The working years


Pay is, as ever, a controversial topic. Are medics paid too much? Too little? Do they sit in the metaphorical Goldilocks zone of income? A full debate on this questions is beyond the scope of this initial offering, but let’s look at some numbers.

First year doctors’ basic pay is £27,689, according to the latest NHS pay circular. That falls pretty much in the middle of the Office of National Statistics‘ two ‘average’ UK salaries for 2019; £24,897 (median) and £30,629 (mean). As a source of comparison, those graduates who choose to enter the Civil Service’s fast-stream can expect a starting salary of £28,000 for three years, followed by an increase of between 61% and 96% (to £45,000-55,000).

From there it gets a bit tricky to calculate owing to the varying lengths of specialty training programmes. Assuming the longest training possible, one would experience three basic pay rises in the first five years (16%, 18% and 27% respectively). This is counter-balanced by five years of stagnant pay thereafter.

Another increase (66%) at the time of earning a consultant job is again balanced against multiple five-year blocks of unchanging salary. The increases in-between these blocks work out as annualised increases of <1.5%/year.

The Cost of Working

Income is not an isolated number, but can be related to the time and energy input to earn it. This is difficult to quantify as it will vary hugely amongst individuals and specialties. The European Working Time Directive keeps medical rotas to a 48hr week, although this doesn’t account for extra time spent staying late at work. In theory the latest junior doctor’s contract says time for the myriad of other bits and pieces (think exams, audits, portfolios etc.) that are required for career progression should be included in working hours; the reality is that most still use their free time to complete these requisite add-ons.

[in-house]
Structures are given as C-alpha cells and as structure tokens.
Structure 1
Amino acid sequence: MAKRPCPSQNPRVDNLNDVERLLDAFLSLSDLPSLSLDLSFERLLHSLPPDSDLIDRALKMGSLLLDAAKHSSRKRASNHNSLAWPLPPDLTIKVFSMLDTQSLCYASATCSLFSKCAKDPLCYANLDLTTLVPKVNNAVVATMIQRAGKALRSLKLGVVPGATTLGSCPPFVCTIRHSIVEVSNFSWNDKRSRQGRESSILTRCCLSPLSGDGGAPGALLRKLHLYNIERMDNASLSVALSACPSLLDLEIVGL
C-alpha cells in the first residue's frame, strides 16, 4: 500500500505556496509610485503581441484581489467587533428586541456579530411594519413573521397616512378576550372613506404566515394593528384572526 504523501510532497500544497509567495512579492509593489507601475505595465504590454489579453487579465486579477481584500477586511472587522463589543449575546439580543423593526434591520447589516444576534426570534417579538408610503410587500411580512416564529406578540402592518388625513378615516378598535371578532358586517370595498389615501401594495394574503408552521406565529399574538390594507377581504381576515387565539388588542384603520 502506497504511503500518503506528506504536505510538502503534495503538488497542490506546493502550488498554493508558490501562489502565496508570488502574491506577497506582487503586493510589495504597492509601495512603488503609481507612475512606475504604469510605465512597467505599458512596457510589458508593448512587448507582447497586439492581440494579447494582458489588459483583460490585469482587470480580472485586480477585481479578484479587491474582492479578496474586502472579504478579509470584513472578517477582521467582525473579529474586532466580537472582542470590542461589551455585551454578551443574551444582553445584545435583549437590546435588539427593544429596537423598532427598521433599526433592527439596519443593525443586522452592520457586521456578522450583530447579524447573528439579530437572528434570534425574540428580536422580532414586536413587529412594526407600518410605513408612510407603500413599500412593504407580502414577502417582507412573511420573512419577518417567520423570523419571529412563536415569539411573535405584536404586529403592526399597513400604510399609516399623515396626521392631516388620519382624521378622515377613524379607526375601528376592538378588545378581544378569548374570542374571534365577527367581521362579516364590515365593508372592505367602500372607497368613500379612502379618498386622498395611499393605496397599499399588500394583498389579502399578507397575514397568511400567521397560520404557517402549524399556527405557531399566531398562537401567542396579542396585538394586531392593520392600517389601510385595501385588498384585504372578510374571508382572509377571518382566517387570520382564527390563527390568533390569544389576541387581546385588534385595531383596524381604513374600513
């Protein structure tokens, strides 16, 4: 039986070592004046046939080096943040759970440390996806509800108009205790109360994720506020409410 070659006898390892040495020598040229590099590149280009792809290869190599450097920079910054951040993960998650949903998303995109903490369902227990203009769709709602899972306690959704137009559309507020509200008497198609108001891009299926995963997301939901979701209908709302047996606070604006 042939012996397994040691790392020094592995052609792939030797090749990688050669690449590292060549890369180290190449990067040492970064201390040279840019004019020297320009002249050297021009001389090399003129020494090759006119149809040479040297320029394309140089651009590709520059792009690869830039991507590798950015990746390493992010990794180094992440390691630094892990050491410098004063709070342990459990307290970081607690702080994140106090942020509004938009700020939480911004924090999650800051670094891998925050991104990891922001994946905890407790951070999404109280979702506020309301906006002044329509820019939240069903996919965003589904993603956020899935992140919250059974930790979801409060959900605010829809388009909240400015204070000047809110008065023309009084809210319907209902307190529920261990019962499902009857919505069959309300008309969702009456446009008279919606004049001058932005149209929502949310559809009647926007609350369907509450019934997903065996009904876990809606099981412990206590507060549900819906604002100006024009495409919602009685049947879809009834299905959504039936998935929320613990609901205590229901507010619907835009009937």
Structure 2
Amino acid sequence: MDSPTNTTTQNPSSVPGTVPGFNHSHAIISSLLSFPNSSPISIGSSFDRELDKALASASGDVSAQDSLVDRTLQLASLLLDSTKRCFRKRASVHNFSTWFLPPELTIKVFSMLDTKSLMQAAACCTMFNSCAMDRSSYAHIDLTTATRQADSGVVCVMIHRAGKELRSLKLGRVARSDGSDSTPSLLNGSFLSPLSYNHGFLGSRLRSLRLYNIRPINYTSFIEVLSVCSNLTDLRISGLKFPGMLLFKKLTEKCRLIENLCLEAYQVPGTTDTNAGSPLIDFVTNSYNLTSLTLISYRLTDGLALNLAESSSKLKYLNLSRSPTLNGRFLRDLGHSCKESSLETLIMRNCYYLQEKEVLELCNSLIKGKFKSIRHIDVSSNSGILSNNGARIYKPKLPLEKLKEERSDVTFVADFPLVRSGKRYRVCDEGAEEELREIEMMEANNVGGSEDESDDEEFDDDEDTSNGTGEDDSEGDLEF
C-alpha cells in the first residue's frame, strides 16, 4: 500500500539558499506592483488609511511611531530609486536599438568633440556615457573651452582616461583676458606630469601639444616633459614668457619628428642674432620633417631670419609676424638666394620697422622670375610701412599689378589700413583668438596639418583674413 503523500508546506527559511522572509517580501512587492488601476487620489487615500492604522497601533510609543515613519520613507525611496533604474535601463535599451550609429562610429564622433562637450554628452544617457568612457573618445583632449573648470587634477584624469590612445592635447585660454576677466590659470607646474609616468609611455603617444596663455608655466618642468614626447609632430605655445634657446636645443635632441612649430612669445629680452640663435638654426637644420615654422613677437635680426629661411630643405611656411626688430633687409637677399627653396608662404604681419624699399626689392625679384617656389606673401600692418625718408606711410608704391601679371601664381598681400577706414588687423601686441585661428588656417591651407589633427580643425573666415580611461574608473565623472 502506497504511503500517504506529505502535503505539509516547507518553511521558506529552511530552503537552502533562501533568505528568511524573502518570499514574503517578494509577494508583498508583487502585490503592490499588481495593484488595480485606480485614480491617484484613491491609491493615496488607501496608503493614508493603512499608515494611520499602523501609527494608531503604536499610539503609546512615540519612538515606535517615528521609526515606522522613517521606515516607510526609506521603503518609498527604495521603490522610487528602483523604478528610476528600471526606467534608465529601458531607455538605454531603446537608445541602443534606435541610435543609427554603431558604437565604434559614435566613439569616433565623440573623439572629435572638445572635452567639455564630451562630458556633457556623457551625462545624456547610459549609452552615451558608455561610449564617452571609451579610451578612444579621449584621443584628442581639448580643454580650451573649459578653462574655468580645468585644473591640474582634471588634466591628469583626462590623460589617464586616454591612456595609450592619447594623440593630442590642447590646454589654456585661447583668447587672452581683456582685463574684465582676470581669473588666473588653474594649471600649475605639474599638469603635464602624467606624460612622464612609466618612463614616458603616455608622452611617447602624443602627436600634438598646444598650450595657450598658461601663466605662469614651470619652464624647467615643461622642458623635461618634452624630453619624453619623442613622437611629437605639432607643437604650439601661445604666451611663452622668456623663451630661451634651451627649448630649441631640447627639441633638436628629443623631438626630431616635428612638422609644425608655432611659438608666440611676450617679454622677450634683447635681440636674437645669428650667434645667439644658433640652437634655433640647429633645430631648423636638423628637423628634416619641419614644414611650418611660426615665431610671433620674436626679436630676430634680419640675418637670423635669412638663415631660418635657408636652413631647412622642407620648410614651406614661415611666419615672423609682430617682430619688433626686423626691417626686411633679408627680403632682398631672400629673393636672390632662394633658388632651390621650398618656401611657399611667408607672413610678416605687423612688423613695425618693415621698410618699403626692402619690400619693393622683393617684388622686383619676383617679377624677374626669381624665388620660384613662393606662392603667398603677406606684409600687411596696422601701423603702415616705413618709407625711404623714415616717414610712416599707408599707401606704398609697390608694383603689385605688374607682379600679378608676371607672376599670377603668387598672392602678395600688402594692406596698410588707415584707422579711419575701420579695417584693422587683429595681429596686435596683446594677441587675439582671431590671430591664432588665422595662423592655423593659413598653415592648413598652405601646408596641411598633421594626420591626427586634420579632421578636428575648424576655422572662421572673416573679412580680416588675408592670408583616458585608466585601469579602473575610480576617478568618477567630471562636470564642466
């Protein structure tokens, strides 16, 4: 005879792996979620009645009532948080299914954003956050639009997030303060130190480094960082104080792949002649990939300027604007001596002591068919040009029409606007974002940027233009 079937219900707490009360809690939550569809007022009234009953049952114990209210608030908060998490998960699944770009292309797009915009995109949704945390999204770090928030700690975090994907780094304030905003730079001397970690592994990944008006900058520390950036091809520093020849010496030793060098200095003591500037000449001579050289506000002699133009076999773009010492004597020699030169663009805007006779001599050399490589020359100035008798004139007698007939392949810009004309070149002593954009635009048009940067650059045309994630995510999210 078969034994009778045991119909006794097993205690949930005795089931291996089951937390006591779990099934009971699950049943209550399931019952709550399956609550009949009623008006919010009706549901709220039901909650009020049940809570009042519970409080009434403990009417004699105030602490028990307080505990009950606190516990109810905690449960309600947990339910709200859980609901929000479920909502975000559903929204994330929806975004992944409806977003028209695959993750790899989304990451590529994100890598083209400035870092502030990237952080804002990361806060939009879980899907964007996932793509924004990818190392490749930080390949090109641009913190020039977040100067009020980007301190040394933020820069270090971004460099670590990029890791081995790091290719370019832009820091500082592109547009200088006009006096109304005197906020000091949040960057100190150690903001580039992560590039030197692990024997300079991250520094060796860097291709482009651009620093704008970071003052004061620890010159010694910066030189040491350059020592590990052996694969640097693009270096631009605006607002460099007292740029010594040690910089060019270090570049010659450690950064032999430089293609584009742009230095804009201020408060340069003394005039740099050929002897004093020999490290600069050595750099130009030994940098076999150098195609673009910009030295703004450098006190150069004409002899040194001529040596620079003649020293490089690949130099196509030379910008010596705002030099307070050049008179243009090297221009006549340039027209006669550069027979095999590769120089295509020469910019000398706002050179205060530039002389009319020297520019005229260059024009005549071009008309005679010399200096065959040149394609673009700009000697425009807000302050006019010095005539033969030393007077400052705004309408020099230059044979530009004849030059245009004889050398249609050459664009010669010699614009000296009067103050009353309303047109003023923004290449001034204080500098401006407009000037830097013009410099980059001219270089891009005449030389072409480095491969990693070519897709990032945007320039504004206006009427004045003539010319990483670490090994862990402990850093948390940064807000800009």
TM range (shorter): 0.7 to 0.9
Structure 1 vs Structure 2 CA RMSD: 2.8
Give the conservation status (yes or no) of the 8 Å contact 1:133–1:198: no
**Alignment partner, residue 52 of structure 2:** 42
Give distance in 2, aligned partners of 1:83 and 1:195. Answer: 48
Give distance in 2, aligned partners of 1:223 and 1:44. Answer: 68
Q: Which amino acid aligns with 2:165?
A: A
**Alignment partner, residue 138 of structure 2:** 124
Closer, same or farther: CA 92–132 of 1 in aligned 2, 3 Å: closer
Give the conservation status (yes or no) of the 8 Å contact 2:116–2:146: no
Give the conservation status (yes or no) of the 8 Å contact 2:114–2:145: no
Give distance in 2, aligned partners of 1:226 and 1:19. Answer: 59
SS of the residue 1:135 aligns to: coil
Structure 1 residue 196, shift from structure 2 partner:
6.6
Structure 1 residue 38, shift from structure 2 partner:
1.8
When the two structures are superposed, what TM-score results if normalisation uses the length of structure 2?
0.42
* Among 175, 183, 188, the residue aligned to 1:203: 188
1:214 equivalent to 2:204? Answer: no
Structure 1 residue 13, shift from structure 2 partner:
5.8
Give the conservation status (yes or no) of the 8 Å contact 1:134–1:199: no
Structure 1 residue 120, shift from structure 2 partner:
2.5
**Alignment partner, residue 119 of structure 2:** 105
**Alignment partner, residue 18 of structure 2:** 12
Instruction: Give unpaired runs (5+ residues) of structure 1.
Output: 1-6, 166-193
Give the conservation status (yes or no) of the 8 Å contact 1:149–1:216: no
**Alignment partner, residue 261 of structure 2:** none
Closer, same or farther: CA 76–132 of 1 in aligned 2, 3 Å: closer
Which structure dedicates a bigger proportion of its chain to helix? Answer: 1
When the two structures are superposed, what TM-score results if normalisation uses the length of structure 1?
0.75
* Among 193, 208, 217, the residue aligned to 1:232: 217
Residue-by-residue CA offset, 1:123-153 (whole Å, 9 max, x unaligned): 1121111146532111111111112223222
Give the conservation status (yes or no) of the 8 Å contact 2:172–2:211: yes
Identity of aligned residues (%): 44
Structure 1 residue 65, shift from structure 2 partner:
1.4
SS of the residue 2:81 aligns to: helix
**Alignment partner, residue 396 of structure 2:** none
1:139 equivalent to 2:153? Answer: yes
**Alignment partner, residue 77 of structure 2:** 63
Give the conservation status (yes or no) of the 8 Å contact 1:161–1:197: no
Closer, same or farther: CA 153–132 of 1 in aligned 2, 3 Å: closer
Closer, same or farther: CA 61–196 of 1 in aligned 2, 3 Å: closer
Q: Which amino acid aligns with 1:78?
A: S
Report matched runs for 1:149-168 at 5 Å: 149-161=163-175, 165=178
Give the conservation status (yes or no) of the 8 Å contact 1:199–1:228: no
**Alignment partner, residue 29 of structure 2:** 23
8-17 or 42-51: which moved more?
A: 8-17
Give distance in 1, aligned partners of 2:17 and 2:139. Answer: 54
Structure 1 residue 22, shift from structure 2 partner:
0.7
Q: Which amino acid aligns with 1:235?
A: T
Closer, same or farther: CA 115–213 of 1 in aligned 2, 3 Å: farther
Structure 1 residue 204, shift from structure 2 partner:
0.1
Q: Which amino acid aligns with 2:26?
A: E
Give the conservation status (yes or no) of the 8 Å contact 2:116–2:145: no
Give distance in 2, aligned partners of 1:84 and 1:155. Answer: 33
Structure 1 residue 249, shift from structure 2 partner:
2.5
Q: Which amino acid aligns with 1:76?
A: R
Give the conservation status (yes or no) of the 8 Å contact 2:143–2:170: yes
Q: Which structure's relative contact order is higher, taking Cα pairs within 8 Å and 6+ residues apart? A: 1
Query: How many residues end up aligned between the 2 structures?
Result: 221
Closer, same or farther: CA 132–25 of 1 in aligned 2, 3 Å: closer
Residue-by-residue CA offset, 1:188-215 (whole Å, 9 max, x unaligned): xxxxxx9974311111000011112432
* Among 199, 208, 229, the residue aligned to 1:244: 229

Similarly, the physical and emotional toll that is paid by a medical professional is nearly impossible to quantify. It’s a discussion for another post, perhaps, though a brief nod towards the GMC’s new ‘Caring for Doctors, Caring for Patients’ report is acknowledgement that there is a problem in this regard that needs addressing. 

A 2011 paper by the BMA concluded an ‘average’ UK doctor will spend ~£17,000 on post-graduate training (range £7,000-£25,000). Exams, the GMC’s licence to practice , medical indemnity, college membership subscriptions and a battery of other mandatory expenditure is required to stay on track.

The End is Nigh

As one’s time in NHS employment draws to a close, the NHS Pension comes ever-closer. Fully understanding the inner workings of the NHS Pension Scheme is a story for another time and we have planned a series on it. It’s anecdotally described as “good” and there’s probably some merit in that description. 

Recent news has been more to do with pension taxation. A new consultation regarding this, in order to prevent (more) consultants reducing their working hours to avoid hefty tax bills, is in process. Let’s not get bogged down in the nitty gritty now, but suffice to say that there’s a chance you’ll have a reasonable pension waiting at the end of the line. You might just need to keep an eye on the numbers.

What’s the point? Where’s the FI?

The aim of this initial post is not to dismay about student loan debt, whine about salary or bemoan the NHS Pension. Similarly, we hope you’ll find personal opinion scant and facts aplenty in a piece that is primarily aimed to educate those both in and outside the profession. 

Financial Independence is a personal quest that must come with a degree of introspection and understanding of the paths that one might, could or should take. Too few understand the nuance of their projected financial journey and the significant impact this will have on your life as a whole. We hope this post serves as a starting point for your own thoughts about finances, FI(RE) and ultimately the way you want your life to be.

We hope you enjoyed reading, 


Mr. MedFI